Robau leaves First Officer George Kirk (Chris Hemsworth) in command and is killed in the enemy ship by its crew, a group of bald, tattooed Romulans. Kirk orders a shipwide evacuation and covers it by setting the Kelvin on a collision course with the attacking ship. One of the evacuees is his pregnant wife Winona (Jennifer Morrison), who goes into labor in an escaping shuttlecraft. Kirk is unable to join her because he has to manually fly the Kelvin into the enemy ship. He is able, however, to hear the first cries of his newborn son James Tiberius Kirk moments before the Kelvin smashes into the Romulan ship.

George Kirk’s sacrifice wasn’t in vain, the enemy ship is crippled, giving several shuttlecraft an opportunity to escape…

shipyard

Years later, Kirk’s son grows up to be a rebellious, angry young man (Chris Pine) without any direction in life and living in Iowa by a shipyard that is constructing the Enterprise. After a bar fight, he meets Captain Christopher Pike (Bruce Greenwood), who sees some potential in James Kirk. Pike is able to convince the young man to join Starfleet.

During his training Kirk meets many people who will become important parts of his life, notably Dr. Leonard “Bones” McCoy (Karl Urban) and Spock (Zachary Quinto). Ironically, Kirk and Spock do not get along at first. Spock is a by-the-book officer who cannot abide Kirk’s brash and reckless demeanor. Things come to a head after Kirk takes the Kobayashi Maru simulator test, which Spock developed to train cadets, and is caught cheating.

crew

Kirk is under inquiry for his actions when fate intervenes. Starfleet receives an emergency distress call from the planet Vulcan and all available ships on Earth are dispatched. Among them is the new U.S.S. Enterprise commanded by Pike with Spock as its first officer.

With McCoy’s help, Kirk is able to get onboard the Enterprise as it joins the armada. The ship is unable to jump into warp space with the other ships thanks to an error made by the helmsman Hikaru Sulu (John Cho ). It turns out that this delay and Kirk learning of a lightning storm reported by Vulcan helps saves the ship. Kirk guesses that the Enterprise will be facing the same fate as the Kelvin and tells Pike. When the time the Enterprise drops out of warp space near Vulcan,  the crew finds a floating junkyard of destroyed ship parts.

shipwrecksThe other Starfleet ships were easily destroyed by the same Romulan ship that destroyed the Kelvin. The ship had launched a long, tethered drilling platform to Vulcan’s surface. When the Enterprise is discovered, the Romulan ship’s commander, Nero (Eric Bana), orders an attack on the Starfleet vessel but stops when he realizes it’s the Enterprise. The Romulan demands that Pike go to his ship just as was done with Robau. Pike agrees, but before leaving, he promotes Kirk to first officer and leaves command of the Enterprise to Spock. He has Kirk, Sulu and a redshirt accompany him in Pike’s shuttlecraft. Before Pike turns himself in, the trio are clandestinely launched via parachutes to the drilling platform to disable it. After fighting off  Romulans on the platform, Kirk and Sulu are able to disable it. But they’re too late, the drill already reached the planet’s core. The Romulans release a substance called red matter that creates a black hole in Vulcan’s core, dooming the world.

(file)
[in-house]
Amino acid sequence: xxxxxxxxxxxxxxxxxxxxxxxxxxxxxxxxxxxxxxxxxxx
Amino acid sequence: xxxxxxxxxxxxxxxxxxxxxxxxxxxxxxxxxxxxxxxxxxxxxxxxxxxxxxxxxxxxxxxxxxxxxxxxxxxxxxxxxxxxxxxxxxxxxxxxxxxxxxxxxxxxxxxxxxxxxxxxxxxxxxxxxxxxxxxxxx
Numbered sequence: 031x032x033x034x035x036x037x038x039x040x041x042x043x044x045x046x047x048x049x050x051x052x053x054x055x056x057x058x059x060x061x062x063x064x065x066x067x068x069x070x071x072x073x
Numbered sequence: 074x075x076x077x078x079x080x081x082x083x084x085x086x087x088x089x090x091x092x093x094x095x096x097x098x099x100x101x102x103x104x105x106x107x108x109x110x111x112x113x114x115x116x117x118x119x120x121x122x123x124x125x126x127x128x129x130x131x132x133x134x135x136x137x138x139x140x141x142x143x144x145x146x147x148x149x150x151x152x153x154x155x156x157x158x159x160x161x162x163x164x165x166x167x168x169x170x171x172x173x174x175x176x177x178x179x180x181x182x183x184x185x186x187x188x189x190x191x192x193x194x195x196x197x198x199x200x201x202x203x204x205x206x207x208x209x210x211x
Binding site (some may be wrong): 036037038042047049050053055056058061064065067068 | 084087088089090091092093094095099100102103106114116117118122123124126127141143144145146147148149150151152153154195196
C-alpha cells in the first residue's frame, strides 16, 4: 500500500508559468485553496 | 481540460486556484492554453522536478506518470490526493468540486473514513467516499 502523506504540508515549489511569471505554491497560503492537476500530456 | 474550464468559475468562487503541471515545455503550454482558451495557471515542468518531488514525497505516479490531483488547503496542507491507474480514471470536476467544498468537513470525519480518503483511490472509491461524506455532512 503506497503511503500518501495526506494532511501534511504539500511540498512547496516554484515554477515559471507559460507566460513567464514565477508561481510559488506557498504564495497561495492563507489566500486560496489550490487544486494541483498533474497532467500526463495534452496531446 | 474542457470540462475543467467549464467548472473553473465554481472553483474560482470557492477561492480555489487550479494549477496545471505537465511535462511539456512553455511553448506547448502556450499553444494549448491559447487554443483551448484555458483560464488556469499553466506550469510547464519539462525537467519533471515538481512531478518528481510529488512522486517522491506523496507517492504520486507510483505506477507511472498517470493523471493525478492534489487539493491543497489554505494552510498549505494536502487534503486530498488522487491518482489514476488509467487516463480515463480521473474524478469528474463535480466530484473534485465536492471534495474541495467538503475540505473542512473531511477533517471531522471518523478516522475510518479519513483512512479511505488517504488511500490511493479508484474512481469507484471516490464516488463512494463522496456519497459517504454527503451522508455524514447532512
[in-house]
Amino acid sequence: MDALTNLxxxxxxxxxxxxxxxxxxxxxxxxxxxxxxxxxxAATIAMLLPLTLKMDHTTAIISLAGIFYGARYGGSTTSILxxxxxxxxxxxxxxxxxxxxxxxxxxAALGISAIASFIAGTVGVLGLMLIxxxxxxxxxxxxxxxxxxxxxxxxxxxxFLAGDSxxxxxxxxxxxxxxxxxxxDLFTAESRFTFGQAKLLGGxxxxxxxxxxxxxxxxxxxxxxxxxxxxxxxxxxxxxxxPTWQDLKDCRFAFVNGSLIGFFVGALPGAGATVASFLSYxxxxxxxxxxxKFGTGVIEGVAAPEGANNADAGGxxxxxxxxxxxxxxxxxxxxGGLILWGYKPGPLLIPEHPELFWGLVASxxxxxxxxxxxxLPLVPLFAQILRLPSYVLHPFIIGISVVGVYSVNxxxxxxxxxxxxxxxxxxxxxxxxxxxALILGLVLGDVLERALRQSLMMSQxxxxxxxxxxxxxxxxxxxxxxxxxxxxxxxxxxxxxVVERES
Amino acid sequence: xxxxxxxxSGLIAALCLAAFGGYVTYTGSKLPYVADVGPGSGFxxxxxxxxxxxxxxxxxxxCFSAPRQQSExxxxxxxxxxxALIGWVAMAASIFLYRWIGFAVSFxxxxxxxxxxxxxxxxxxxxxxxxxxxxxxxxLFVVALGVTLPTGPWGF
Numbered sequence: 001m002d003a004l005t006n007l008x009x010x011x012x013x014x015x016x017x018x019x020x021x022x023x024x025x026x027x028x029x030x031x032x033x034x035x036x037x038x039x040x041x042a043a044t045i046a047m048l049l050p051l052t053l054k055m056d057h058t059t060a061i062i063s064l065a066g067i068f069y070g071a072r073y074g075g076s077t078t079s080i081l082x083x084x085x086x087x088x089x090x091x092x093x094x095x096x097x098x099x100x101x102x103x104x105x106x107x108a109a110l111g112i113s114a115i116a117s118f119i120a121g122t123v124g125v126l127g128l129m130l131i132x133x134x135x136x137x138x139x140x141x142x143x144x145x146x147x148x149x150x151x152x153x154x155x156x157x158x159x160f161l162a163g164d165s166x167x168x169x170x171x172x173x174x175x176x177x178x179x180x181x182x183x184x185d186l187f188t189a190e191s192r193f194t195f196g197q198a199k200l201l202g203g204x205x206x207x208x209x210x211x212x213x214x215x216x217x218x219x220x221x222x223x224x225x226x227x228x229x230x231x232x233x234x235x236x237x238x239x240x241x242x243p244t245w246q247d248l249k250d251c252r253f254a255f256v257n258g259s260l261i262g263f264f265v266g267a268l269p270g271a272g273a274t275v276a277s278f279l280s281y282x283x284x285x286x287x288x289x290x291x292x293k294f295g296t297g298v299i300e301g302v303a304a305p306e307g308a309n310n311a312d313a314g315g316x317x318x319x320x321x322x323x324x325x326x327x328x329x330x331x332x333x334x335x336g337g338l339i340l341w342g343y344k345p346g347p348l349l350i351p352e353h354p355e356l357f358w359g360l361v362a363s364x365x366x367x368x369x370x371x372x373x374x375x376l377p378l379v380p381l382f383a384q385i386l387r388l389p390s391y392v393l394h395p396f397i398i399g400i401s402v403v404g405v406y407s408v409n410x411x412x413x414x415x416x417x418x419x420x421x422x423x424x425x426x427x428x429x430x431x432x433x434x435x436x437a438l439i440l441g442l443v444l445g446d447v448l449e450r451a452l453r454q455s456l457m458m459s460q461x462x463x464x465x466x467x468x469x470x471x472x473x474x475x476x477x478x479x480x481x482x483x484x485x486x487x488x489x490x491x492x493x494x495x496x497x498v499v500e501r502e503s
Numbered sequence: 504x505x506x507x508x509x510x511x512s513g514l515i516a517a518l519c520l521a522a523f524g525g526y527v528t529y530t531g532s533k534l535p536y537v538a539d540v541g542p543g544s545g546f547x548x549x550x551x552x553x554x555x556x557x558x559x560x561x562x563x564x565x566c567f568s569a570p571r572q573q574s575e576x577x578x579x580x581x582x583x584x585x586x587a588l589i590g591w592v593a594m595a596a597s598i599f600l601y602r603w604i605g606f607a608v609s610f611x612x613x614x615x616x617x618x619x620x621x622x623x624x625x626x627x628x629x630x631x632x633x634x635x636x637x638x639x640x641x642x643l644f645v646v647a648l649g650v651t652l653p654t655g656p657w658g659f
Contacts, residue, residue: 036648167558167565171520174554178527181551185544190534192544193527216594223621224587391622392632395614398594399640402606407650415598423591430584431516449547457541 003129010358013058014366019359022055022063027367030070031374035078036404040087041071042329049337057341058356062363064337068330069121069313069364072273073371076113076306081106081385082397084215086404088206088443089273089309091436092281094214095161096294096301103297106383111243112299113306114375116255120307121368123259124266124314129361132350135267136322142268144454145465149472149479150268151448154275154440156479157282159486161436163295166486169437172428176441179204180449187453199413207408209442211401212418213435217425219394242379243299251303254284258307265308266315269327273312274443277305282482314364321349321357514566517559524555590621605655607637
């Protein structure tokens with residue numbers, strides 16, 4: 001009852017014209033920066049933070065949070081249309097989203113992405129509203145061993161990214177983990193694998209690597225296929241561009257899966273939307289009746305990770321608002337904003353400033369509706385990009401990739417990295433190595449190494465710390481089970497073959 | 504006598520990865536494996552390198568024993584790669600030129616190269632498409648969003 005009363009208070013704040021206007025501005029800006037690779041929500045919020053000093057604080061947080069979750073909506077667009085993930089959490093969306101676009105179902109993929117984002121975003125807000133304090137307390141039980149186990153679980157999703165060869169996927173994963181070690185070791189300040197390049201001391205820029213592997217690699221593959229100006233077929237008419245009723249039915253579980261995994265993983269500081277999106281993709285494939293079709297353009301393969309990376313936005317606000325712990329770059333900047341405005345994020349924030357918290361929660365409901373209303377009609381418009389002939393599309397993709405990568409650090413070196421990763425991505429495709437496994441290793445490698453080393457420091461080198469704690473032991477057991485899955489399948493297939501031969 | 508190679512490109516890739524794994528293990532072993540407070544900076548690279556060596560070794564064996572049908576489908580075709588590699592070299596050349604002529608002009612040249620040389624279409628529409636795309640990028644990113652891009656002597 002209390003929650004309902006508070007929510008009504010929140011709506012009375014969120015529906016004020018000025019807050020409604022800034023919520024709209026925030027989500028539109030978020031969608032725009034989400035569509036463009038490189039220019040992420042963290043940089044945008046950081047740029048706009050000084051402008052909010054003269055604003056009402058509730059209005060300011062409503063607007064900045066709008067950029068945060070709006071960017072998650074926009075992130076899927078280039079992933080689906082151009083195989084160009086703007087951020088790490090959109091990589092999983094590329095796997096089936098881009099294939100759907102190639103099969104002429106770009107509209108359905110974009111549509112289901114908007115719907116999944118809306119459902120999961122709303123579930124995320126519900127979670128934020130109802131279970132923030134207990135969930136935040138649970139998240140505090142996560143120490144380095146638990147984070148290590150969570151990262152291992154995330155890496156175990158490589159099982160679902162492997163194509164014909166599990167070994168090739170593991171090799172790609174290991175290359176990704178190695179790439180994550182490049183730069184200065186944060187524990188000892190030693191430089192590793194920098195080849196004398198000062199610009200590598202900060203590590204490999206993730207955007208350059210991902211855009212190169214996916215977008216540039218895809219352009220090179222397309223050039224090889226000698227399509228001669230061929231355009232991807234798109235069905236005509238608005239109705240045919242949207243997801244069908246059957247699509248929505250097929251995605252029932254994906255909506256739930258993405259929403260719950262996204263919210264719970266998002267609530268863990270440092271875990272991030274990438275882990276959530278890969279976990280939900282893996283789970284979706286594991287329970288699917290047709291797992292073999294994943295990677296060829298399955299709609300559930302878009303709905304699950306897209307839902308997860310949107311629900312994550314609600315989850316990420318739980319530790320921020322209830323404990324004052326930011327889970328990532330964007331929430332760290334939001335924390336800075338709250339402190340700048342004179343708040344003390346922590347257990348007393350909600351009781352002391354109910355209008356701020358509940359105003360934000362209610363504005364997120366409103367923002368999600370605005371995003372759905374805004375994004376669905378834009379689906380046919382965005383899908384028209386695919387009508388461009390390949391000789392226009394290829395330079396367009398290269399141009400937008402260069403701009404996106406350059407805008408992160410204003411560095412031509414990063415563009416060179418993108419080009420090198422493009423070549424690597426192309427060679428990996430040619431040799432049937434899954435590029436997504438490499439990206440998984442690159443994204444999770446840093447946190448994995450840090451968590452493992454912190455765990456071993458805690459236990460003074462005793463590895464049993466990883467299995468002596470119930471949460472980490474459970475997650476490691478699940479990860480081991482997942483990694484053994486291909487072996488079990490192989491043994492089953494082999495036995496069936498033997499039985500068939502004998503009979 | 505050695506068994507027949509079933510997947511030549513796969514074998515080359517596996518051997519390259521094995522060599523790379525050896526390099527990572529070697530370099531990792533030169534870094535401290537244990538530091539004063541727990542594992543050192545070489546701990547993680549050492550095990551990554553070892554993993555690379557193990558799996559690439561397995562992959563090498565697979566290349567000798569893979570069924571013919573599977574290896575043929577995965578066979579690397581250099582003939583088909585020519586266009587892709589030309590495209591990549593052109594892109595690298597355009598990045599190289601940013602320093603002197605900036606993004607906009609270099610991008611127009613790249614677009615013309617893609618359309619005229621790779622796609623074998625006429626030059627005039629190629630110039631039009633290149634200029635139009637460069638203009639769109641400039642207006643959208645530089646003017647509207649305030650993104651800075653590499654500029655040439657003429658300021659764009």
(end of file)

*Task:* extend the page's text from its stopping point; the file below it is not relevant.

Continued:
kirk sulu

In a desperate move, Spock beams down to Vulcan just in time to save his father Sarek (Ben Cross) and a few others but not his mother (Winona Ryder). Shortly after, he and the handful of survivors are beamed back to the Enterprise as Vulcan is destroyed from within.

Spock struggles not displaying emotions over the death of his mother and world and Pike’s capture. He decides to regroup with the fleet but Kirk tries to convince him otherwise. The Romulans are heading to Earth and Kirk demands that they try to stop them. After they argue for several minutes, Spock has Kirk removed from the bridge and ejected from an escape capsule to a nearby planet, Delta Vega, and orders the Enterprise to resume its course to rendezvous with the fleet.